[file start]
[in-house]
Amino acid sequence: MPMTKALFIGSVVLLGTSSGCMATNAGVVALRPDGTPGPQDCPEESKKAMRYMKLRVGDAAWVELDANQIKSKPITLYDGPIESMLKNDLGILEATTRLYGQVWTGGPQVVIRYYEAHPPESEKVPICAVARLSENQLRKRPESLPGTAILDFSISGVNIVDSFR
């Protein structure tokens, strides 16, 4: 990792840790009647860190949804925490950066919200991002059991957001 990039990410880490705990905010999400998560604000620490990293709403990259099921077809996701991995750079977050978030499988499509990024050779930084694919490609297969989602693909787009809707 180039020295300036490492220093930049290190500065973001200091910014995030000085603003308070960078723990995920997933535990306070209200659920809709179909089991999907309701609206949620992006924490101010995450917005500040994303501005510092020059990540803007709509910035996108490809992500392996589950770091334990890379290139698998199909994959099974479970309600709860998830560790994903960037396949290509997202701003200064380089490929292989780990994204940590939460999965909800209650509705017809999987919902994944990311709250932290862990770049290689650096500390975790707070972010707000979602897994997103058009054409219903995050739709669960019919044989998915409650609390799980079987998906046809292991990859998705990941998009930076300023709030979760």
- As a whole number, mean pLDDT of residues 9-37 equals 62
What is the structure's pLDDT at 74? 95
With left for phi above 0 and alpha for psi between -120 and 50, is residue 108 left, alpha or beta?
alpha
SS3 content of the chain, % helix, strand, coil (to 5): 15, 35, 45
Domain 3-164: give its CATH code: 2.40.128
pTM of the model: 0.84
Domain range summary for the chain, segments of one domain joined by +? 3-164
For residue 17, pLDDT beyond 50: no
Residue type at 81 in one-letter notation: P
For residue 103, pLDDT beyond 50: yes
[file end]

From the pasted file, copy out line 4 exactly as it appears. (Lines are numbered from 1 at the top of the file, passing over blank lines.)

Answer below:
- As a whole number, mean pLDDT of residues 9-37 equals 62